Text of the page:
A raise in Pittsburgh’s realty transfer tax gets preliminary City Council approval

A raise in Pittsburgh’s realty transfer tax gets preliminary City Council approval

Author: Alanna Koll/Wednesday, December 13, 2017/Categories: Pittsburgh

Pittsburgh City Council has advanced legislation that would increase the city’s realty transfer tax from 4 percent to 4.5 percent in 2018.  


The money garnered from the tax is expected to go toward the affordable housing trust fund, also known as the Housing Opportunity Trust Fund, which was approved by council last December. It is also expected to supply the fund with $10 million annually for the next five years to build housing and rehabilitate older homes for those who qualify under low-income standards.  


The tax is a one-time charge based on a property’s sale price and is paid at the time of purchase. Revenue from the charge is split between the state, the local school district, and the city. Under the new plan, the city would receive 2.5 percent of the tax.  


The legislation, which received a preliminary vote Wednesdayis a compromise deal supported by seven council members to only raise the tax .5 percent through 2019. The tax will then jump to five percent by 2020.  


Realtors speaking during the public comment period of Wednesday’s council meeting opposed the increase, stating that it would hurt real estate investment in the city by significantly increasing the already burdensome cost of closing costs for homebuyers.  


“[Homebuyers] might be able to afford a mortgage, but as far as closing costs go, once those get put in there, that could basically bump them off and make them not eligible,” said Lynn Bingham, a realtor in the city’s South Side area. “You’re going to take a number of people who are attracted to the city and want to live in the city and they are going to become essentially not eligible to buy.”  


Supporters of the increase pointed to the soaring rental rates in many of the city’s neighborhoods and noted that the funding would provide much-needed subsidies to those looking for and needing affordable housing. 


This is about improving the lives of Pittsburgh’s neighborhoods,” said Celeste Scott, an affordable housing advocate with Pittsburgh United. “We look forward to working with you as this is a first step towards closing the housing affordability gap in the city.”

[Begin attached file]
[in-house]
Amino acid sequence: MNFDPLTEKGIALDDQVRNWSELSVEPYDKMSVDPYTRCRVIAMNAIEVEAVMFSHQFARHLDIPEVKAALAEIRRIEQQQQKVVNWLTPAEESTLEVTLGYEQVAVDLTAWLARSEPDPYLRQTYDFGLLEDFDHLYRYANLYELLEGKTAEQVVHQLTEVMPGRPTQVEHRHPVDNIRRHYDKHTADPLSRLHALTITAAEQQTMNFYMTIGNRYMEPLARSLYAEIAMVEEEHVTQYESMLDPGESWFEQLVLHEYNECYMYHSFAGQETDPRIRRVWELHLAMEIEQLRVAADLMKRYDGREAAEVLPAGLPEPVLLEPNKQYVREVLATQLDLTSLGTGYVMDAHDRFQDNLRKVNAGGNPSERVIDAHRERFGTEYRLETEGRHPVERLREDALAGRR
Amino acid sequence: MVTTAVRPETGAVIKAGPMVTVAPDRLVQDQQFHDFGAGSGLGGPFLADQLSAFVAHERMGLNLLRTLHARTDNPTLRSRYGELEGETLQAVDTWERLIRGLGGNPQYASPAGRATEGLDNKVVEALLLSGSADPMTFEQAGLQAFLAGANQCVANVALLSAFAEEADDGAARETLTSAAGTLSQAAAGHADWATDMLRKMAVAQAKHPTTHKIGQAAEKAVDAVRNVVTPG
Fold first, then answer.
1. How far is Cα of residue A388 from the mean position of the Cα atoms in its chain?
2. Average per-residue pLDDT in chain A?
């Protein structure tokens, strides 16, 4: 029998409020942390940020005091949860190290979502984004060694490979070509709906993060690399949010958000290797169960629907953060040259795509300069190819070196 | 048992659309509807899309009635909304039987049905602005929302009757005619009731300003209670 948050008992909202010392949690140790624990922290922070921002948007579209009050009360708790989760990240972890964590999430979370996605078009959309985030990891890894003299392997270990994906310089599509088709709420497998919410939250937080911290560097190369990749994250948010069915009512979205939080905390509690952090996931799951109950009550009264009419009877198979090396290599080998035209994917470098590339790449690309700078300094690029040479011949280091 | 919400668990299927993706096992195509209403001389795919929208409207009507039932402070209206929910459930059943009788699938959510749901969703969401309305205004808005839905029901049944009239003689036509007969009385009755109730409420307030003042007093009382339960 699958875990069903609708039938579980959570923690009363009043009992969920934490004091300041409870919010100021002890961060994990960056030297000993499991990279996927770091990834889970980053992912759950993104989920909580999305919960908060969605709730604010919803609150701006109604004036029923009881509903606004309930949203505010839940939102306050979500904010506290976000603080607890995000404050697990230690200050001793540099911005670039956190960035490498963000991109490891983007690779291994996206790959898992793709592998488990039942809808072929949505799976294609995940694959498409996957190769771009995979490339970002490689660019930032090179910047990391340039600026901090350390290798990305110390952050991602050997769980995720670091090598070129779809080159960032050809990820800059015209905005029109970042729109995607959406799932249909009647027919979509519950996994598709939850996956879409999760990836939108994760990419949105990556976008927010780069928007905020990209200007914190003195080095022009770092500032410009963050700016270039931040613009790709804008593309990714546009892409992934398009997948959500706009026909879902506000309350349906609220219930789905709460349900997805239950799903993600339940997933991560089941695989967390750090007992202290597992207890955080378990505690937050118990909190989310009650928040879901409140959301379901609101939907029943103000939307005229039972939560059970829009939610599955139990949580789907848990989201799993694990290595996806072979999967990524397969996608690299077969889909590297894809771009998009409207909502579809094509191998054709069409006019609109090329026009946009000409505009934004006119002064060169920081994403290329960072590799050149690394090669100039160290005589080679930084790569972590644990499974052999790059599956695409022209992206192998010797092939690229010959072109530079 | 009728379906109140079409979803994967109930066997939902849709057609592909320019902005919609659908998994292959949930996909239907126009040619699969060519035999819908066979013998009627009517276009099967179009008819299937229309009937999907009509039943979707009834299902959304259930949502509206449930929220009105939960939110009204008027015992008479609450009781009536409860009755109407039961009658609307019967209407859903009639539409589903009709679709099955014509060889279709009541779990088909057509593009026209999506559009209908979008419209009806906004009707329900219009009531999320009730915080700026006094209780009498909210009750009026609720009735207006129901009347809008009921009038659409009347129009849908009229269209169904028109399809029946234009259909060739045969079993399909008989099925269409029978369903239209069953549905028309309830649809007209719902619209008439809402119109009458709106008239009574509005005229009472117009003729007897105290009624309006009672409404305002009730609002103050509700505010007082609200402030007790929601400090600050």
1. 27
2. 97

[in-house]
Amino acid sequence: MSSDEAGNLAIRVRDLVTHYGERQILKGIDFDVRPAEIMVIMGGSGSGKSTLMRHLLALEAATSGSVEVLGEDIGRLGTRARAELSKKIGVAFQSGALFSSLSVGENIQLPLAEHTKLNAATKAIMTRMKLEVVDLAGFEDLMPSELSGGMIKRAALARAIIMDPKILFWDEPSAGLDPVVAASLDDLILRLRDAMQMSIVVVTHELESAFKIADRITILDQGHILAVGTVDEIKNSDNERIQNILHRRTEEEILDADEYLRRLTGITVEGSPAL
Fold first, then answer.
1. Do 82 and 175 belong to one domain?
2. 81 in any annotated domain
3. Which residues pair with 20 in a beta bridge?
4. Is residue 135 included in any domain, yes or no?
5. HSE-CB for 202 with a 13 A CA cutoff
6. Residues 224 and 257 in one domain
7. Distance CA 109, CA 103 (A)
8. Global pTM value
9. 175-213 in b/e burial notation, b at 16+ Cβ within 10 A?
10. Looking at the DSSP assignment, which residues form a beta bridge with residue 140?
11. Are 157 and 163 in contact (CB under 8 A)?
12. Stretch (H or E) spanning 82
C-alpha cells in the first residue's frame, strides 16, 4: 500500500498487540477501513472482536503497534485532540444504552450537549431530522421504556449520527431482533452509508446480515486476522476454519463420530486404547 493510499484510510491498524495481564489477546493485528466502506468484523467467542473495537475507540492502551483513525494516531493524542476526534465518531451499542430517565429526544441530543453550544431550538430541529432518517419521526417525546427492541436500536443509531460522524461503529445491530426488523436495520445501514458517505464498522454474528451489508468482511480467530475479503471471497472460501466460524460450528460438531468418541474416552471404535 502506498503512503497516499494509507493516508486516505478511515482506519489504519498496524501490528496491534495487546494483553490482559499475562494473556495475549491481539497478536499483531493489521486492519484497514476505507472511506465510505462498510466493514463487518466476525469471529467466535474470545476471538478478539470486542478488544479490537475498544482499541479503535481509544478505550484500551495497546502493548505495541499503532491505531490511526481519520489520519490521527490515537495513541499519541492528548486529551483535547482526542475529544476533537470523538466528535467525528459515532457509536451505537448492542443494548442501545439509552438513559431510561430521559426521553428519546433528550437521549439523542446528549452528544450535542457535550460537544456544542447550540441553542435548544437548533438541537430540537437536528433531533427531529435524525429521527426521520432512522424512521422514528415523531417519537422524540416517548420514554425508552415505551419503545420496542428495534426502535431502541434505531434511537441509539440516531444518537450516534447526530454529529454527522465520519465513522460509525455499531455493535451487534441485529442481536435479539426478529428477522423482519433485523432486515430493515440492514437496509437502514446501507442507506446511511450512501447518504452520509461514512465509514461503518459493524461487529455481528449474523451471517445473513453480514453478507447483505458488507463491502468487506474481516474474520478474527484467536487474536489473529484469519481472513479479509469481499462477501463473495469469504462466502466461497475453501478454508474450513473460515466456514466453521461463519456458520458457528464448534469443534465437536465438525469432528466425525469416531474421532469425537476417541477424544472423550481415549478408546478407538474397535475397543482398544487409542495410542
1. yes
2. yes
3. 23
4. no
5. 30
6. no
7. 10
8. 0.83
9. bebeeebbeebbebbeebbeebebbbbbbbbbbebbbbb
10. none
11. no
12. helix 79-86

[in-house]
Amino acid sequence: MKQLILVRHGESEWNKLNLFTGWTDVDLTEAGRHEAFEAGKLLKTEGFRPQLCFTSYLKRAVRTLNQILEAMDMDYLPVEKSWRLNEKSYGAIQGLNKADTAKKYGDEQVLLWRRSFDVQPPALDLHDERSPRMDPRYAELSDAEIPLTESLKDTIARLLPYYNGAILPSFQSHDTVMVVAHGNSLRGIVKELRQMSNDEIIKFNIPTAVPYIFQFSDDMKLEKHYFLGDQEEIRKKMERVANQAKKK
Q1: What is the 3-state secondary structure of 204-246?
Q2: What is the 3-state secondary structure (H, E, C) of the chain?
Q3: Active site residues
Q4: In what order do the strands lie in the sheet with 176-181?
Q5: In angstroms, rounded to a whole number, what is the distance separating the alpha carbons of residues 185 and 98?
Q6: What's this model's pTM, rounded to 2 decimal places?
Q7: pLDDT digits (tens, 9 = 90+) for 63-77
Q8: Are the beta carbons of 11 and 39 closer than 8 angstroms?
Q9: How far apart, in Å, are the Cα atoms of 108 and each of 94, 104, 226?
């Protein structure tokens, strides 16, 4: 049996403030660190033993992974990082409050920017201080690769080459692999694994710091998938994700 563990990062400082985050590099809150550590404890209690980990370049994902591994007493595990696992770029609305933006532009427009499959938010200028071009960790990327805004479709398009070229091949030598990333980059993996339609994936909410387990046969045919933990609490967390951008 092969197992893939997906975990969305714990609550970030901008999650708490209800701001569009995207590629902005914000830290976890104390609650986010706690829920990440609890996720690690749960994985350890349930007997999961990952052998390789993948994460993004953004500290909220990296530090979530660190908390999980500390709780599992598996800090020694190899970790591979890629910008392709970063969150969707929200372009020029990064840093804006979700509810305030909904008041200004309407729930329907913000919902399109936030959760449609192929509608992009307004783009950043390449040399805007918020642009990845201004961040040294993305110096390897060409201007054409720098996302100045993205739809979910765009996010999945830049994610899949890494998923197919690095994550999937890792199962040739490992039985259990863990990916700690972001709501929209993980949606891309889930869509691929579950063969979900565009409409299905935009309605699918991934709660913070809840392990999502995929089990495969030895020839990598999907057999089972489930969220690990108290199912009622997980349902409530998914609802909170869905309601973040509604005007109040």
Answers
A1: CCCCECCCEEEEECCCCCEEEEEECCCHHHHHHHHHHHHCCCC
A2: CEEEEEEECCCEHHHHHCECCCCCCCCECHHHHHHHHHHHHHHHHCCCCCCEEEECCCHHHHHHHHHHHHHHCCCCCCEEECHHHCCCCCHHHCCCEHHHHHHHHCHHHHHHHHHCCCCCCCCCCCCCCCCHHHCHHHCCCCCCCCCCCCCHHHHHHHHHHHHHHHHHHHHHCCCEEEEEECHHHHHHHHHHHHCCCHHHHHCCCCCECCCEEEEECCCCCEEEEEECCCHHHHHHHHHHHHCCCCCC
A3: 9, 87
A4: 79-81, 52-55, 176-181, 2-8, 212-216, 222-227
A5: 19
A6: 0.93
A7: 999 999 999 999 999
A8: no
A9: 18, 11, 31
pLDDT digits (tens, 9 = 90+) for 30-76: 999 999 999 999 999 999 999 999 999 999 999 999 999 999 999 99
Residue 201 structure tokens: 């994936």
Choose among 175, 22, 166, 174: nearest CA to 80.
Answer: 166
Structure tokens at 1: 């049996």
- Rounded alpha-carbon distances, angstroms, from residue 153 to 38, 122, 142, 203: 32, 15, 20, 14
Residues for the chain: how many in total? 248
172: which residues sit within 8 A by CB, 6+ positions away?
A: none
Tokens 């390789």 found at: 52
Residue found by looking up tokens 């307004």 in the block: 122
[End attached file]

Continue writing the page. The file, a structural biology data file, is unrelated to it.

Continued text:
Councilwomen Darlene Harris (District 1) and Natalia Rudiak (District 4) were the two negative votes on the legislation, stating their concerns of the increase making housing more expensive and being an increased burden on low to moderate income home-buyers.  


Officials have estimated that over 17,000 residents need housing at or below competitive market rates in the city.  

Councilman R. Daniel Lavelle (District 6), one of the sponsors of the bill along with Rev. Ricky Burgess (District 9), said he is very pleased with Wednesday’s vote. 


“I’m very glad that council has gotten to this point,” said Lavelle. “A year ago, we passed legislation saying that we needed to do this but we then argued over how to fund the Housing Opportunity Fund, but I’m very proud that my colleagues were able to come together and come up with the best compromise possible.”  


Last week, a small coalition of Councilmembers including Rudiak and Councilman Corey O’Connor (District 5) put together a series of budget bill amendments that would fill the housing fund by cobbling together money from unused accounts from the city’s budget.  


One such account is the Worker’s Compensation Fund, which Council voted to take $1.2 million from earlier this week to be put toward affordable housing efforts.  


The coalition plan also called for pulling $2 million from the city’s budget surplus to go into the city’s Community Facilities Fund for improving childcare centers. Council was able to accomplish that as a budget amendment on Wednesday.  


Councilman Deb Gross (District 7) who is a member of the coalition and who supported the $2 million amendment said affordable housing and affordable childcare go hand in hand and should be supported together.  


“We know that well over a majority of low-income households are female-headed households with children,” said Gross. “Childcare and housing are a double burden. I fully support moving $2 million from our $550 million operating budget today so that we can support Pittsburgh’s neediest families.”  


Councilwoman Theresa Kail-Smith (District 2), however, said the $2 million is not going to be enough and that council is just patting themselves on the back by passing the amendment. 


“I’d really like to see us do this in a way that will really make a difference.”  


A final vote on the realty transfer tax and the city budget and its various amendments is expected next Tuesday, December 19.

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